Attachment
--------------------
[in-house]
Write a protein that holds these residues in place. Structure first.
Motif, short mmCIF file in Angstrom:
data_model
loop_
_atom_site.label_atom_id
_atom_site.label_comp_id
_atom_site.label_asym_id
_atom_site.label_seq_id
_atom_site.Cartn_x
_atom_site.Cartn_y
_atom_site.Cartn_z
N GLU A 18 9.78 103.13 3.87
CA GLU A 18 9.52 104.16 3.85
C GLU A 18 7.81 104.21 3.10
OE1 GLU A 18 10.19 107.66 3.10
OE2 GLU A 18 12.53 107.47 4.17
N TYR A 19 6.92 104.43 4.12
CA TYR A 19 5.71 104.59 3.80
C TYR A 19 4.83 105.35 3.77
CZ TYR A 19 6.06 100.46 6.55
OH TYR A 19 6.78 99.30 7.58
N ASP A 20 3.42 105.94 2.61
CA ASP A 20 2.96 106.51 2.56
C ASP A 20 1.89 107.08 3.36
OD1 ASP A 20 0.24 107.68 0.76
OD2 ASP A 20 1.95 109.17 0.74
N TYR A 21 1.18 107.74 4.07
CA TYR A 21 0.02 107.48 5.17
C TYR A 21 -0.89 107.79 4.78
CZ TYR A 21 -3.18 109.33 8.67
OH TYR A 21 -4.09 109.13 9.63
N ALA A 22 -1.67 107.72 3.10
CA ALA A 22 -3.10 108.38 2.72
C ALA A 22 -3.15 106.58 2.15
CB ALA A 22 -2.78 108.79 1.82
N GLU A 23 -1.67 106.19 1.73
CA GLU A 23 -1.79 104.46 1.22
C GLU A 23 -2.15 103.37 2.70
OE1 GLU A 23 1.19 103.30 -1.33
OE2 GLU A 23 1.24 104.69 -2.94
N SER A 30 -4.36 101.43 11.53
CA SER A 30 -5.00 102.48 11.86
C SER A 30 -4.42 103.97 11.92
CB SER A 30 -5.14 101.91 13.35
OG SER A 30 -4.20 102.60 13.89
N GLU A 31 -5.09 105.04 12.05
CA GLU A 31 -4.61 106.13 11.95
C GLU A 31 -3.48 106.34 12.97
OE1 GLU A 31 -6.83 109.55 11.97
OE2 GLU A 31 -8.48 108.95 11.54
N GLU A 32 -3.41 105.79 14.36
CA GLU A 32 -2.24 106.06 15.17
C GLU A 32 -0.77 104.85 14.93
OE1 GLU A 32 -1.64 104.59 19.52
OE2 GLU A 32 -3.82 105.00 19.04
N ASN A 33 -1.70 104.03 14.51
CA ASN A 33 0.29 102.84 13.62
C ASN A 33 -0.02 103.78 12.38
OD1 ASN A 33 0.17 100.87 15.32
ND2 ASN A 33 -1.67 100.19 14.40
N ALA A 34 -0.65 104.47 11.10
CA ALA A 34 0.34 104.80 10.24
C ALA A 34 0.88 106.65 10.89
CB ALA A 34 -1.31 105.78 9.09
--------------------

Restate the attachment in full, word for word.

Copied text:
[in-house]
Write a protein that holds these residues in place. Structure first.
Motif, short mmCIF file in Angstrom:
data_model
loop_
_atom_site.label_atom_id
_atom_site.label_comp_id
_atom_site.label_asym_id
_atom_site.label_seq_id
_atom_site.Cartn_x
_atom_site.Cartn_y
_atom_site.Cartn_z
N GLU A 18 9.78 103.13 3.87
CA GLU A 18 9.52 104.16 3.85
C GLU A 18 7.81 104.21 3.10
OE1 GLU A 18 10.19 107.66 3.10
OE2 GLU A 18 12.53 107.47 4.17
N TYR A 19 6.92 104.43 4.12
CA TYR A 19 5.71 104.59 3.80
C TYR A 19 4.83 105.35 3.77
CZ TYR A 19 6.06 100.46 6.55
OH TYR A 19 6.78 99.30 7.58
N ASP A 20 3.42 105.94 2.61
CA ASP A 20 2.96 106.51 2.56
C ASP A 20 1.89 107.08 3.36
OD1 ASP A 20 0.24 107.68 0.76
OD2 ASP A 20 1.95 109.17 0.74
N TYR A 21 1.18 107.74 4.07
CA TYR A 21 0.02 107.48 5.17
C TYR A 21 -0.89 107.79 4.78
CZ TYR A 21 -3.18 109.33 8.67
OH TYR A 21 -4.09 109.13 9.63
N ALA A 22 -1.67 107.72 3.10
CA ALA A 22 -3.10 108.38 2.72
C ALA A 22 -3.15 106.58 2.15
CB ALA A 22 -2.78 108.79 1.82
N GLU A 23 -1.67 106.19 1.73
CA GLU A 23 -1.79 104.46 1.22
C GLU A 23 -2.15 103.37 2.70
OE1 GLU A 23 1.19 103.30 -1.33
OE2 GLU A 23 1.24 104.69 -2.94
N SER A 30 -4.36 101.43 11.53
CA SER A 30 -5.00 102.48 11.86
C SER A 30 -4.42 103.97 11.92
CB SER A 30 -5.14 101.91 13.35
OG SER A 30 -4.20 102.60 13.89
N GLU A 31 -5.09 105.04 12.05
CA GLU A 31 -4.61 106.13 11.95
C GLU A 31 -3.48 106.34 12.97
OE1 GLU A 31 -6.83 109.55 11.97
OE2 GLU A 31 -8.48 108.95 11.54
N GLU A 32 -3.41 105.79 14.36
CA GLU A 32 -2.24 106.06 15.17
C GLU A 32 -0.77 104.85 14.93
OE1 GLU A 32 -1.64 104.59 19.52
OE2 GLU A 32 -3.82 105.00 19.04
N ASN A 33 -1.70 104.03 14.51
CA ASN A 33 0.29 102.84 13.62
C ASN A 33 -0.02 103.78 12.38
OD1 ASN A 33 0.17 100.87 15.32
ND2 ASN A 33 -1.67 100.19 14.40
N ALA A 34 -0.65 104.47 11.10
CA ALA A 34 0.34 104.80 10.24
C ALA A 34 0.88 106.65 10.89
CB ALA A 34 -1.31 105.78 9.09